Passengers coming from New York to the Netherlands receive no additional medical checks at the airport

The state of New York in the United States has been one of the hardest struck regions by the coronavirus. 

While the region is now undergoing a lockdown, that does not prevent passengers from leaving by plane and travelling abroad. Those who arrive in the Netherlands from the hard-hit region do not undergo any additional check-ups once arriving on Dutch soil, reports RTL Nieuws.

No medical check-ups

While in other countries, passengers arriving from regions which are strongly hit by the coronavirus have their temperature checked and asked if they have any complaints, at Schiphol, they are free to go. They need to respect, however, the necessary social distancing rules of 1.5 metres.

According to Schiphol, it is not their choice to make if to give medical check-ups or not. That choice belongs to the Government.

Dutch Cabin Crew Association expresses concerns

The Dutch Cabin Crew Association (VNC) have expressed their concerns over the current policy in regards to passengers coming from New York. They are worried about the risks presented to cabin crews coming in contact with potentially infected passengers. So far, seven flights occur per week to New York.

The VNC would like that New York is added to the list of risk countries, which are then prevented from flying to the Netherlands. So far on the list, there’s China, Iran, Italy, South Korea, Spain and Austria.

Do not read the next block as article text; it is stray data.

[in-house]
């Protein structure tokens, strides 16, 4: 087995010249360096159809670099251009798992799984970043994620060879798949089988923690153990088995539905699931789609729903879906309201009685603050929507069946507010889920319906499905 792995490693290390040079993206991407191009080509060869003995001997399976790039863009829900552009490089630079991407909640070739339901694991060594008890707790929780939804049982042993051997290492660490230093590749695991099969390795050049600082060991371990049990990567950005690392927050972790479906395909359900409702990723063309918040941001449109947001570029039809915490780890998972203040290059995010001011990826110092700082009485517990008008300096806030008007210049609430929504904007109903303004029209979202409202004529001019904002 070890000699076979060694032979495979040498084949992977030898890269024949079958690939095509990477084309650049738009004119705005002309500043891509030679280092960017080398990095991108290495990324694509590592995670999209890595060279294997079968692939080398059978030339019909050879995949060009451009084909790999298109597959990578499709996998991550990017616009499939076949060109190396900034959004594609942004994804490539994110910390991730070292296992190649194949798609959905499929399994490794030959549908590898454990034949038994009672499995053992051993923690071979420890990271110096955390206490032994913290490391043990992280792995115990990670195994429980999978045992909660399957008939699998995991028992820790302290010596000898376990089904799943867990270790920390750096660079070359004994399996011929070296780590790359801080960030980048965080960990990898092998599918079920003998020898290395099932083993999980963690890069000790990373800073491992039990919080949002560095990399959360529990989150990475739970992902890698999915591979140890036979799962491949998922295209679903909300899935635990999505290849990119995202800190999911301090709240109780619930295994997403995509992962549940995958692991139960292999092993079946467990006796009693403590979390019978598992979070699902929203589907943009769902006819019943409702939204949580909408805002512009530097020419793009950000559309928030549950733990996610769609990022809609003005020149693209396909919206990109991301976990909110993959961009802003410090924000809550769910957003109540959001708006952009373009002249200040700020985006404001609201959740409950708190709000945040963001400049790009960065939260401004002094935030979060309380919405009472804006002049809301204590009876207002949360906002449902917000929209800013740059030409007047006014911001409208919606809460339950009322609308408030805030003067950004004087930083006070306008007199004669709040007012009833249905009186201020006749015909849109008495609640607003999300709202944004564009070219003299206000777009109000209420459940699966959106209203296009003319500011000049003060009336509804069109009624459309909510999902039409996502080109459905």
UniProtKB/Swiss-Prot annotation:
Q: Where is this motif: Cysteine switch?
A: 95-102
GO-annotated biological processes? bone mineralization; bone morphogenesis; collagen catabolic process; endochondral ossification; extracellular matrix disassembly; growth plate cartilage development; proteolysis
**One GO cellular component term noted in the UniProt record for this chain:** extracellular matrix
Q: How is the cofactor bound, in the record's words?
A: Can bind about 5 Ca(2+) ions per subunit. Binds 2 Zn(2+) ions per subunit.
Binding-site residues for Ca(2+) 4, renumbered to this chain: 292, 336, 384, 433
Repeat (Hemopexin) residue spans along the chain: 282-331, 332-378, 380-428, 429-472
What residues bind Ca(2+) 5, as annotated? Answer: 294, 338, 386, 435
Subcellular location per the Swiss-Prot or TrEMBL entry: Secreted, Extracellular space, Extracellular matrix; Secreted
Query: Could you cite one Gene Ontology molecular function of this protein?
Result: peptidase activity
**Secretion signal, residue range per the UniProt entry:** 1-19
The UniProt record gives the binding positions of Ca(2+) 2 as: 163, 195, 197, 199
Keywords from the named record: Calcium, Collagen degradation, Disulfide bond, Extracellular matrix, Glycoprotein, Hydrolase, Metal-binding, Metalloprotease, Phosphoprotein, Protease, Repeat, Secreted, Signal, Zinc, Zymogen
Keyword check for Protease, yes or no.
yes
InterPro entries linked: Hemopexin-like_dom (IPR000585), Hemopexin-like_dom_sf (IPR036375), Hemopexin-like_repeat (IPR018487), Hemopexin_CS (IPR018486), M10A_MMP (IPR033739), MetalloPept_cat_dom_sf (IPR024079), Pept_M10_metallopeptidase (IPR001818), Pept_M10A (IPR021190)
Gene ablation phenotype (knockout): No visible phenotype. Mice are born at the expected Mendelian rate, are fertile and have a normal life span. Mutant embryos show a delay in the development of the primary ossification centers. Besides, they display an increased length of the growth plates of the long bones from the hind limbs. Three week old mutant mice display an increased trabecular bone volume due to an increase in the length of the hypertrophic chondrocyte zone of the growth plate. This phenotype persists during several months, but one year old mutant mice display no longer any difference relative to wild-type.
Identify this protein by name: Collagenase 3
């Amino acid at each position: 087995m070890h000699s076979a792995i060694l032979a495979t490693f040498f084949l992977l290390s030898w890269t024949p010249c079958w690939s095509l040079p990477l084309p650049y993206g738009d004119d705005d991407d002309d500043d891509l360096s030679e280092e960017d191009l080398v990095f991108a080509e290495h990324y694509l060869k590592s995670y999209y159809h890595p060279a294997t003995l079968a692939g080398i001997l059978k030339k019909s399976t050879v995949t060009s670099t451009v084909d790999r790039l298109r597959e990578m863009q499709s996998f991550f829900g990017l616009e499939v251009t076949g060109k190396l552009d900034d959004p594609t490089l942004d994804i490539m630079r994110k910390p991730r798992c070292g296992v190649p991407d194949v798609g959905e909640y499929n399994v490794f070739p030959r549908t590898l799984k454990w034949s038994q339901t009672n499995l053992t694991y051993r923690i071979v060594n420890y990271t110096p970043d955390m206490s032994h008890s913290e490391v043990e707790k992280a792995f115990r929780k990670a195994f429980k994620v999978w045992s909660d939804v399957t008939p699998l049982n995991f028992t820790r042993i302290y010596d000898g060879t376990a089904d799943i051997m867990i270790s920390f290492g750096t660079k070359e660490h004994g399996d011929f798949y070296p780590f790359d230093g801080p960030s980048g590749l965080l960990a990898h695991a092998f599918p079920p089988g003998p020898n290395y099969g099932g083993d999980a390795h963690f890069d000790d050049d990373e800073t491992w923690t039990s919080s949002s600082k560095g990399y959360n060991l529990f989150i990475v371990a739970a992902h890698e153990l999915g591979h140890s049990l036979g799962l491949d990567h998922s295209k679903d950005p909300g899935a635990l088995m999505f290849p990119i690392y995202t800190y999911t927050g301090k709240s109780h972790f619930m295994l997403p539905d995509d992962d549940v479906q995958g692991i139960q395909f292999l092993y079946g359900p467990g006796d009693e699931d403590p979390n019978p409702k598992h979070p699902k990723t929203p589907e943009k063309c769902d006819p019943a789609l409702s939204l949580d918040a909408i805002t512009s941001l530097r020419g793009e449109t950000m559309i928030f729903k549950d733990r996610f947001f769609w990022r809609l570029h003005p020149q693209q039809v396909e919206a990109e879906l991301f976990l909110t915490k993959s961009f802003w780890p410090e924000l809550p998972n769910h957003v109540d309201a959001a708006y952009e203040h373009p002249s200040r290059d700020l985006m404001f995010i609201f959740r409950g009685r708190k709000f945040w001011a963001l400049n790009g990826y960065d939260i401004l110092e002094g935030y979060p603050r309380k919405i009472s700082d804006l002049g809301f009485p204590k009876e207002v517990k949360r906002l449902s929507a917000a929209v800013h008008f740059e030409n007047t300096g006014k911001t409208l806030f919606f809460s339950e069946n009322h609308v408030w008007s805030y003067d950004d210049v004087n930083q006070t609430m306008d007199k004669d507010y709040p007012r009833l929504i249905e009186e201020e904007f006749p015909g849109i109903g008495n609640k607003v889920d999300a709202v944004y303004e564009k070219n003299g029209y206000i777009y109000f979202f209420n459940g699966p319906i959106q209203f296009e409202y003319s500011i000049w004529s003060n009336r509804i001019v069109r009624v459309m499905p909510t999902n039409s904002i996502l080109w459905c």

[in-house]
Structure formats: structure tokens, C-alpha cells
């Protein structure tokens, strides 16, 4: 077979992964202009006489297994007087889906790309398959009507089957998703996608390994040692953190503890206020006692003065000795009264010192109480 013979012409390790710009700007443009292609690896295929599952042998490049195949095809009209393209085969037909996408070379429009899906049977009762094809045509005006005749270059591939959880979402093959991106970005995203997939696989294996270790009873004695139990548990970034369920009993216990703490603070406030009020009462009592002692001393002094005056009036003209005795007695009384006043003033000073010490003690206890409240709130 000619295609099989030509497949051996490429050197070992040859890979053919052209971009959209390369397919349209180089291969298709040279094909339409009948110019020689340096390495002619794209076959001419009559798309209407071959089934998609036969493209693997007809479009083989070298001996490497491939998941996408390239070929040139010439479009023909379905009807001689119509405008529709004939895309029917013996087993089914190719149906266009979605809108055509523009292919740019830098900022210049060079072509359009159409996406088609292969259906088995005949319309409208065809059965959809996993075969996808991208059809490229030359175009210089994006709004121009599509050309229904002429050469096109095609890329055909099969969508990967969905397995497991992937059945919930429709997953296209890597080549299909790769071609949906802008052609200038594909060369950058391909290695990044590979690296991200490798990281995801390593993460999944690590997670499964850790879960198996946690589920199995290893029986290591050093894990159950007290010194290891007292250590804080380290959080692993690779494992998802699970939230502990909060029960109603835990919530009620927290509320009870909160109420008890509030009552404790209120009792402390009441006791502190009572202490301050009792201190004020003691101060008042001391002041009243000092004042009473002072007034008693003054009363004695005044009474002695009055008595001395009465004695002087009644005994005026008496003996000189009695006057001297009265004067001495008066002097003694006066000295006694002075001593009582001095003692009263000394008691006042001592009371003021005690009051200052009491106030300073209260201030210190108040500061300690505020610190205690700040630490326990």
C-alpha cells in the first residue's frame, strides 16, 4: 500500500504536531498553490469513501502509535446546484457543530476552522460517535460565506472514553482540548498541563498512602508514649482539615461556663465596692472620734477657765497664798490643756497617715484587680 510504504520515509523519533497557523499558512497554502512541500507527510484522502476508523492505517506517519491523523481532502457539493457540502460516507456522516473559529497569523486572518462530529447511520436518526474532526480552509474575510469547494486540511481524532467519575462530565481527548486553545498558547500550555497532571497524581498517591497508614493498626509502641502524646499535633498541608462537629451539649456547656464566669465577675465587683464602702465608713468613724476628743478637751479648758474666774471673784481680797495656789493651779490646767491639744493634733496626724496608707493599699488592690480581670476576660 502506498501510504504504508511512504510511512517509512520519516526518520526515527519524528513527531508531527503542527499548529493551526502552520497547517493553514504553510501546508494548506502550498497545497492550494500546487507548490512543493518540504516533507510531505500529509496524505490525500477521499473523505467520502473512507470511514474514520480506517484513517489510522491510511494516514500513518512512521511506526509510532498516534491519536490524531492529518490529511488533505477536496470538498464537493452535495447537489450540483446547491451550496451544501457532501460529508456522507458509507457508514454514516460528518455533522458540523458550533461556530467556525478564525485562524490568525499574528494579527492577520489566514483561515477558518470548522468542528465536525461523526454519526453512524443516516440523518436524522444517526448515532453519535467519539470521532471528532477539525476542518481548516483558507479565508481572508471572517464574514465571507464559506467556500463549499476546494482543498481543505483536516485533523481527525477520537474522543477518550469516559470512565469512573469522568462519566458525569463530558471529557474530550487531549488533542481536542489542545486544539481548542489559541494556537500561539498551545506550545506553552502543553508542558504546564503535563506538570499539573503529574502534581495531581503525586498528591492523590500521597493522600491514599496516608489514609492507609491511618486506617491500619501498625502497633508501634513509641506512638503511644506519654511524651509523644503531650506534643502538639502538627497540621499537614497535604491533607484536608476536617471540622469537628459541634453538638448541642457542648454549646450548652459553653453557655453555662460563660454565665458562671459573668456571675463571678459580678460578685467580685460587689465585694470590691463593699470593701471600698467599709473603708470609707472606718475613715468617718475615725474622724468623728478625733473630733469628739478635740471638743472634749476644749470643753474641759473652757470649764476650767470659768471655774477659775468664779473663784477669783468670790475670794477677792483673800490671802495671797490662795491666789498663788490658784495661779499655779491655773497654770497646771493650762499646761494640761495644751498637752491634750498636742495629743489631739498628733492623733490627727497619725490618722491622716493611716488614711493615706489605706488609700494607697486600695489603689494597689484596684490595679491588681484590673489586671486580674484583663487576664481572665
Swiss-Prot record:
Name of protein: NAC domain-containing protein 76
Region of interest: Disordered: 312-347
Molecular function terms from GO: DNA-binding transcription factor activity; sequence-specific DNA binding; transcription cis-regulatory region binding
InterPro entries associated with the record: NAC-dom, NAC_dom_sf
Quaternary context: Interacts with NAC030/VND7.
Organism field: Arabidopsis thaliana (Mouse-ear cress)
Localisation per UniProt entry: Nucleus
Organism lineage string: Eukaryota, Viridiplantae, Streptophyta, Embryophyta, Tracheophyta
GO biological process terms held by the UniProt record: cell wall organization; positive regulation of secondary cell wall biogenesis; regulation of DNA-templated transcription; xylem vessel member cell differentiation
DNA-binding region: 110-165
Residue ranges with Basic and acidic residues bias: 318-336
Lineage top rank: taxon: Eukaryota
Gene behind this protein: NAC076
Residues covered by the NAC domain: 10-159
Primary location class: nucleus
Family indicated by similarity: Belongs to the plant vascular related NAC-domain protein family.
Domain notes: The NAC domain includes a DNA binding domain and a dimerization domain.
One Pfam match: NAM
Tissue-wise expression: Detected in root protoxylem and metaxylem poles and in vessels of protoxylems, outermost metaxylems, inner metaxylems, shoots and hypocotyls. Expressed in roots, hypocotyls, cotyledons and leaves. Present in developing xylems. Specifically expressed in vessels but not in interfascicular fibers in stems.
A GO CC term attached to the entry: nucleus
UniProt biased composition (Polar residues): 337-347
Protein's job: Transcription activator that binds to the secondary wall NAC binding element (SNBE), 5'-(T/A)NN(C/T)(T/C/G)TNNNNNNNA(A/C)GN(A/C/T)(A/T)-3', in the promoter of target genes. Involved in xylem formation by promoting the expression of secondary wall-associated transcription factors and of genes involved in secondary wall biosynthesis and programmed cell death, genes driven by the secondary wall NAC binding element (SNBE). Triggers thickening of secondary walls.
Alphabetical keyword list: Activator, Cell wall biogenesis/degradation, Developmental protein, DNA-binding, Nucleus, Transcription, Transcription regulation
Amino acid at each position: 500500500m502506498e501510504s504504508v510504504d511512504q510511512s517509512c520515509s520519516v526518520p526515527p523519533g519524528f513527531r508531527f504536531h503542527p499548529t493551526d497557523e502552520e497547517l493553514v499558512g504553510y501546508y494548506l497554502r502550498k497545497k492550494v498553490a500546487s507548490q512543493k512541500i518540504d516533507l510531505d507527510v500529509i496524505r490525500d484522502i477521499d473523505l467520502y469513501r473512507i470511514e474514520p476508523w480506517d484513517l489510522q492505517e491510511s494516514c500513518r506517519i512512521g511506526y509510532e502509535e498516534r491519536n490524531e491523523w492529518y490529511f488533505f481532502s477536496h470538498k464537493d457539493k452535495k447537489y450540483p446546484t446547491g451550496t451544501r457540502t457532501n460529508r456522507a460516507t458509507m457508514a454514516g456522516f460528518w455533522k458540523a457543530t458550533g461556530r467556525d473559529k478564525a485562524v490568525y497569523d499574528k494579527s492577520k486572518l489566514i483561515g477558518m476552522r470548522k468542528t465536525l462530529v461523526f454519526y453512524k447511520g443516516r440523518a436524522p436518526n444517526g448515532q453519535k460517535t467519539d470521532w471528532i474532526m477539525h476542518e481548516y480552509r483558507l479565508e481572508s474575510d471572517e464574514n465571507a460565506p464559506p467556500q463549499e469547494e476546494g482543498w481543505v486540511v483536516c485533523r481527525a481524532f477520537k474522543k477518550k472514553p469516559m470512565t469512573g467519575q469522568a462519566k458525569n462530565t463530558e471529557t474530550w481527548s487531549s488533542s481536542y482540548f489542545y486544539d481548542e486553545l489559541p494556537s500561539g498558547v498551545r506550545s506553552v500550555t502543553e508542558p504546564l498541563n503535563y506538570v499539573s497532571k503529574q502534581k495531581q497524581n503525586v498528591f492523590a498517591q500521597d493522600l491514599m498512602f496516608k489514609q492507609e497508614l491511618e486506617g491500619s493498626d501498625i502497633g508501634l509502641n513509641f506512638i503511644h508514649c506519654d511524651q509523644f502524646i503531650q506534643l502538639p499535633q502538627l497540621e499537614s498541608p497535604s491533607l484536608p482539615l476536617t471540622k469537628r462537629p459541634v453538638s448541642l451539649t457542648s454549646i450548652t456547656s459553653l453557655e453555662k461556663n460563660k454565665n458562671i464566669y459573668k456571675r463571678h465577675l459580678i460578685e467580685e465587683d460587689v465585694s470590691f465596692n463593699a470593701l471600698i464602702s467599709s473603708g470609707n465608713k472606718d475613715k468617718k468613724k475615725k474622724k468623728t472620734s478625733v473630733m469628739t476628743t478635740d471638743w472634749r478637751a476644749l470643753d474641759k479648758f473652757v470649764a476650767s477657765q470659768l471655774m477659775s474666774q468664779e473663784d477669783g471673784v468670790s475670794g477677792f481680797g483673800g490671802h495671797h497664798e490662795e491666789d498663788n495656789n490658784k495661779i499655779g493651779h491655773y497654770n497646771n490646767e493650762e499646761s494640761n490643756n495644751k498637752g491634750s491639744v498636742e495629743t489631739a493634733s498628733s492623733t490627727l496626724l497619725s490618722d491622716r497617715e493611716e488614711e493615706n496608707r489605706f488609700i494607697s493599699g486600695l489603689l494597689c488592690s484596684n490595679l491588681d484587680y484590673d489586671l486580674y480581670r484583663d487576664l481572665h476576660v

Who determines exactly which countries go on the risk list?

The risk countries are determined by the RIVM and the Ministry of Health, Welfare and Sports. As of now, the United States is not considered a risk country.

When asked about the issue, a spokesperson from the RIVM has said that given the current measures, the assumption is that who presents symptoms will simply stay home.

How much people respect the current measures is, however, a different issue entirely.

Follow DutchReview on Facebook for all news about the coronavirus in the Netherlands.

Feature Image: Jyi1693/ Wikimedia Commons

Vlad Moca-Grama
Vlad was born and raised in Brasov, Romania and came to the Hague to study. When he isn't spending time missing mountains or complaining about the lack of urban exploration locations in the Netherlands, you can find him writing at Dutch Review.


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